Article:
The U.S. Treasury Department issued new proposed tax regulations that would re-characterize certain related party debt as equity, resulting in dividend payments rather than tax deductible interest payments. If finalized in their current form, in some circumstances retroactively to April 4, 2016, the regulations will affect a wide range of related party transactions including common corporate finance operations such as ordinary course type cash pooling arrangements, group structuring transactions as simple as dividends and as complex as mergers and spin-offs, and even certain routine third party financing transactions. These rules also contain strict new documentation requirements for related party debt.

Under the proposed new rules, related party debt issued on or after April 4 to members of an “expanded group” (companies connected by a common parent that directly or indirectly owns at least 80% of the vote or value of each member of the expanded group) will be re-characterized as equity in the following situations:

  • Debt is issued in a distribution with respect to stock;
  • Debt is exchanged for stock of an expanded group member, with certain exceptions;
  • Debt is exchanged for property in an asset reorganization, with certain exceptions;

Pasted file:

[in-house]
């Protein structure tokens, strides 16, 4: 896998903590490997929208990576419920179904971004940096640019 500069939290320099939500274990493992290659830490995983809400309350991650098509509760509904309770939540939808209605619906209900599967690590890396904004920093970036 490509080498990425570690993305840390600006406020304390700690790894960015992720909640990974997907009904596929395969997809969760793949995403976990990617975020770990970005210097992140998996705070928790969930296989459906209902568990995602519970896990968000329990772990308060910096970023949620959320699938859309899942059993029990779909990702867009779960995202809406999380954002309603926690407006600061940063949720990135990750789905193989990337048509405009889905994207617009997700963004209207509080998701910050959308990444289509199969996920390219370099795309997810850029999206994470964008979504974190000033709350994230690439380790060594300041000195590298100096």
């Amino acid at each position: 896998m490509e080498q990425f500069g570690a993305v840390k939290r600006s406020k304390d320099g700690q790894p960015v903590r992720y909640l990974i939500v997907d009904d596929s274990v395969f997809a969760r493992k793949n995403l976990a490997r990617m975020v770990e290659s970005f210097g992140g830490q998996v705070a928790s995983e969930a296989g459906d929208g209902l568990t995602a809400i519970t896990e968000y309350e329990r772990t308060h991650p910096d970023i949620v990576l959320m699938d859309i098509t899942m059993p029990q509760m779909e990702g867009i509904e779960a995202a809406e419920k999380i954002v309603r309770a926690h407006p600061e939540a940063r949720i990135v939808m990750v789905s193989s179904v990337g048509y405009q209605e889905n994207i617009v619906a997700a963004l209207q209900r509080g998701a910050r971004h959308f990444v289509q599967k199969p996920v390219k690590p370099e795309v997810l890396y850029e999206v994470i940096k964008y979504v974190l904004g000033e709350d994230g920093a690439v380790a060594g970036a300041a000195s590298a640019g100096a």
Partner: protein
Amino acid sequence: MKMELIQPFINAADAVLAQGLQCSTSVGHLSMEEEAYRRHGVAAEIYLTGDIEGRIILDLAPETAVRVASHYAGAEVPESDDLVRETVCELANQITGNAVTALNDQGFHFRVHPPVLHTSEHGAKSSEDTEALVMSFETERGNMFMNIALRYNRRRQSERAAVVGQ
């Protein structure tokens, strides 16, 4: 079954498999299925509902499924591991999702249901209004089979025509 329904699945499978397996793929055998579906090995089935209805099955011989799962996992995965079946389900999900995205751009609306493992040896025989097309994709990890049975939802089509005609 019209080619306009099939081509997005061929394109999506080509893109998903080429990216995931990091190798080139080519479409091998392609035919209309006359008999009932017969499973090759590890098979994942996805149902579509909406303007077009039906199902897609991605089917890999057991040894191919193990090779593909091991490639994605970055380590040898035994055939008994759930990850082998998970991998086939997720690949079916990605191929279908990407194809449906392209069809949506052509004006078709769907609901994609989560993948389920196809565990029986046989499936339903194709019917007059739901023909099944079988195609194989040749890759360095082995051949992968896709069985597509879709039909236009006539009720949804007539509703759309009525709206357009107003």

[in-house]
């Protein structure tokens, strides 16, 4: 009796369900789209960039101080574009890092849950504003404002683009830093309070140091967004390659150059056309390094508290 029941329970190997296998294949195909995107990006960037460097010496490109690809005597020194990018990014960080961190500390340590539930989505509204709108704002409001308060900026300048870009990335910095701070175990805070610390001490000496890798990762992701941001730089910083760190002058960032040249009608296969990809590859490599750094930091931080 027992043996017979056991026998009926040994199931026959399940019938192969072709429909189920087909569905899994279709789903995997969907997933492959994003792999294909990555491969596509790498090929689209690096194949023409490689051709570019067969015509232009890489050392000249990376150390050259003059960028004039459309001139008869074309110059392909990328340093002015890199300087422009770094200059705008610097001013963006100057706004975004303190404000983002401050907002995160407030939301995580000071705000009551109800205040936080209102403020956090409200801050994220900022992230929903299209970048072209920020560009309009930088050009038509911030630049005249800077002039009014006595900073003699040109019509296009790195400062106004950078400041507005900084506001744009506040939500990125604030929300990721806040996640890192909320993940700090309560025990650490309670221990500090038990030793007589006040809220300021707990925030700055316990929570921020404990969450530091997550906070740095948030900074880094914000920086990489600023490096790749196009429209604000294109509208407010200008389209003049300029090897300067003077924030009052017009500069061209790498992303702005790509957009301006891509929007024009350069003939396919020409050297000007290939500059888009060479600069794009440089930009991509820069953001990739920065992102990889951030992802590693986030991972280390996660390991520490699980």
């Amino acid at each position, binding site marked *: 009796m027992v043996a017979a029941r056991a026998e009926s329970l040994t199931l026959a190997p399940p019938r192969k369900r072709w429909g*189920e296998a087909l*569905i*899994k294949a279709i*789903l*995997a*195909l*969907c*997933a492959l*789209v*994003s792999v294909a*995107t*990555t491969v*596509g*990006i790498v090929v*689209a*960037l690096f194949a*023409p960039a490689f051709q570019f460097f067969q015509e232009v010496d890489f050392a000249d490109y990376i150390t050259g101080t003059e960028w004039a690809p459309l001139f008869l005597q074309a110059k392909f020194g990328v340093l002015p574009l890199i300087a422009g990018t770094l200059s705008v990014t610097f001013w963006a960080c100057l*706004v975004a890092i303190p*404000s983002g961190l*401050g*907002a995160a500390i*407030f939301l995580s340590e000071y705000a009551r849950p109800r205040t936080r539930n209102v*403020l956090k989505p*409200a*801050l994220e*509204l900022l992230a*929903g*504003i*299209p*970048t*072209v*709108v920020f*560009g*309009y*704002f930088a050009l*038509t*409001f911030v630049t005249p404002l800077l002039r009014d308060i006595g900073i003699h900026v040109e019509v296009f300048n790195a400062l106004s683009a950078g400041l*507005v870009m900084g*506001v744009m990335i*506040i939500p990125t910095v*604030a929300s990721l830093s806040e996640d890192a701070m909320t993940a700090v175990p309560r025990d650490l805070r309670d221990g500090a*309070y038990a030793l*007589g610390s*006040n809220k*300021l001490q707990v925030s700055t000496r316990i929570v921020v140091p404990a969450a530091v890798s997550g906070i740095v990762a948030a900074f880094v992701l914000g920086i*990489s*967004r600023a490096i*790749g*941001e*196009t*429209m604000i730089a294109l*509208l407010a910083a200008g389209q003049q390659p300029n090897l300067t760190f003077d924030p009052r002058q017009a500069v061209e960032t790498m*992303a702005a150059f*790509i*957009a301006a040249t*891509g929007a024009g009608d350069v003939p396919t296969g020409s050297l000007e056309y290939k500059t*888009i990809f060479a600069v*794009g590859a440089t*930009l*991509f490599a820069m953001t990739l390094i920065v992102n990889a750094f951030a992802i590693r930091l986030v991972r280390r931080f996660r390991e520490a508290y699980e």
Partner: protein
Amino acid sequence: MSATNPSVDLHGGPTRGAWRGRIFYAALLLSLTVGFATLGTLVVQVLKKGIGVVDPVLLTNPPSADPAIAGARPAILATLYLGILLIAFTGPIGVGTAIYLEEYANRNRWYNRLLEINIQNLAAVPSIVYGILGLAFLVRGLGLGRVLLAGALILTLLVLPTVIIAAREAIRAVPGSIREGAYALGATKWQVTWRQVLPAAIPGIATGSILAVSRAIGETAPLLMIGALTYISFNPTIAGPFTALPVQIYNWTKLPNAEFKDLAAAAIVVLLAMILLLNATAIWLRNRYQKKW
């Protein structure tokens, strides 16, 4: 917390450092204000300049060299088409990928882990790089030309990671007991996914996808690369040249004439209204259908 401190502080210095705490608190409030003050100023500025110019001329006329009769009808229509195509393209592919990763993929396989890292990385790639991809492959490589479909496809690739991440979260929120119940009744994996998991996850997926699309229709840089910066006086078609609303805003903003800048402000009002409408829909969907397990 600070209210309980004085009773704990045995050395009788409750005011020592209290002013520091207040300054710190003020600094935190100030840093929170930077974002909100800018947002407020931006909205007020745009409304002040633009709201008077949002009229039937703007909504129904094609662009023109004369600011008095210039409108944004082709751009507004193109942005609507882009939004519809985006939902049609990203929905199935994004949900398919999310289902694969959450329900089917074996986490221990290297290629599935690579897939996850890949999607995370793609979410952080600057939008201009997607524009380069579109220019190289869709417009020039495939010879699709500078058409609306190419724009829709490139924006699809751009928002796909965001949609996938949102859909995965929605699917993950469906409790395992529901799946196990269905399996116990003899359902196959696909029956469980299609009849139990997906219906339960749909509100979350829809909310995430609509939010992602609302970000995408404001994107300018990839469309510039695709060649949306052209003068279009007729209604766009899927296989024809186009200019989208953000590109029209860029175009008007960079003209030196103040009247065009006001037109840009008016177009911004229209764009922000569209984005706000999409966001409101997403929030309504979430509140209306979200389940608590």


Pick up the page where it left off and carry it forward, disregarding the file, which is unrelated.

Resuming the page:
• Debt is issued within the 36-month period before, or the 36-month period after, any of the foregoing transactions to any other member of the expanded group.

After the regulations are finalized, related party debt must be timely documented and substantiated. Among other things, (i) the debt must be evidenced by a written unconditional obligation to pay sum certain; (ii) the holder must have rights to enforce the debt; and (iii) there must be documentary evidence of a reasonable expectation of the debtor’s ability to repay the debt. Without such documentation, these related party debts described by the regulations generally will be re-characterized as equity, resulting in denied interest expense deductions and potential dividend income.

There are certain safe harbors that may allow a company to avoid the application of these regulations to these related party debt obligations:

  • Total amount of intercompany debt subject to re-characterization under these regulations does not exceed $50 million;
  • Any debt subject to re-characterization is paid off within 90 days after the regulations are finalized;
  • Distributions triggering a re-characterization do not exceed current year earnings and profits;
  • Debt is issued in the ordinary course of business in connection with a purchase of property or services and does not exceed balances ordinary and necessary for the business.